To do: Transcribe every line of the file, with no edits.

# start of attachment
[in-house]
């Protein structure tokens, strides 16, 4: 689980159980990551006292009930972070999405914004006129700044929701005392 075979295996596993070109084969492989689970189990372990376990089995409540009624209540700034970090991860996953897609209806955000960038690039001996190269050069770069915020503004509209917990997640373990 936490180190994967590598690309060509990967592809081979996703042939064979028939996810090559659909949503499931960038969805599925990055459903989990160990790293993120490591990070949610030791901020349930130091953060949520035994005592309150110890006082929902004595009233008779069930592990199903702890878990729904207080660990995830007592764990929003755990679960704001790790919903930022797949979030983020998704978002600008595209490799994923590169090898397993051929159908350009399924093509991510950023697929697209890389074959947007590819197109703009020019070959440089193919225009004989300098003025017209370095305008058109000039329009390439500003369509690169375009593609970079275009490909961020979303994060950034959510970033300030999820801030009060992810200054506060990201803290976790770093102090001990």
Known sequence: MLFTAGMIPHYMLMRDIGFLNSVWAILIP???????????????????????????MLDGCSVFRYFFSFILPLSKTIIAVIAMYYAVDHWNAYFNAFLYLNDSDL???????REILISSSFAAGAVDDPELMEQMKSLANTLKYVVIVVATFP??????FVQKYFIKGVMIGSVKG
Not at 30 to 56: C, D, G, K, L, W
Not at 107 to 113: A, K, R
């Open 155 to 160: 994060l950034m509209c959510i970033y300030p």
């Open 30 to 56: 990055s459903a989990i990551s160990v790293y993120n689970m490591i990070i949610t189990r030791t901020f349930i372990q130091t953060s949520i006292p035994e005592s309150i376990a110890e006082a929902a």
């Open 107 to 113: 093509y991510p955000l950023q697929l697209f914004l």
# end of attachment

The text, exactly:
[in-house]
């Protein structure tokens, strides 16, 4: 689980159980990551006292009930972070999405914004006129700044929701005392 075979295996596993070109084969492989689970189990372990376990089995409540009624209540700034970090991860996953897609209806955000960038690039001996190269050069770069915020503004509209917990997640373990 936490180190994967590598690309060509990967592809081979996703042939064979028939996810090559659909949503499931960038969805599925990055459903989990160990790293993120490591990070949610030791901020349930130091953060949520035994005592309150110890006082929902004595009233008779069930592990199903702890878990729904207080660990995830007592764990929003755990679960704001790790919903930022797949979030983020998704978002600008595209490799994923590169090898397993051929159908350009399924093509991510950023697929697209890389074959947007590819197109703009020019070959440089193919225009004989300098003025017209370095305008058109000039329009390439500003369509690169375009593609970079275009490909961020979303994060950034959510970033300030999820801030009060992810200054506060990201803290976790770093102090001990």
Known sequence: MLFTAGMIPHYMLMRDIGFLNSVWAILIP???????????????????????????MLDGCSVFRYFFSFILPLSKTIIAVIAMYYAVDHWNAYFNAFLYLNDSDL???????REILISSSFAAGAVDDPELMEQMKSLANTLKYVVIVVATFP??????FVQKYFIKGVMIGSVKG
Not at 30 to 56: C, D, G, K, L, W
Not at 107 to 113: A, K, R
């Open 155 to 160: 994060l950034m509209c959510i970033y300030p």
């Open 30 to 56: 990055s459903a989990i990551s160990v790293y993120n689970m490591i990070i949610t189990r030791t901020f349930i372990q130091t953060s949520i006292p035994e005592s309150i376990a110890e006082a929902a």
């Open 107 to 113: 093509y991510p955000l950023q697929l697209f914004l």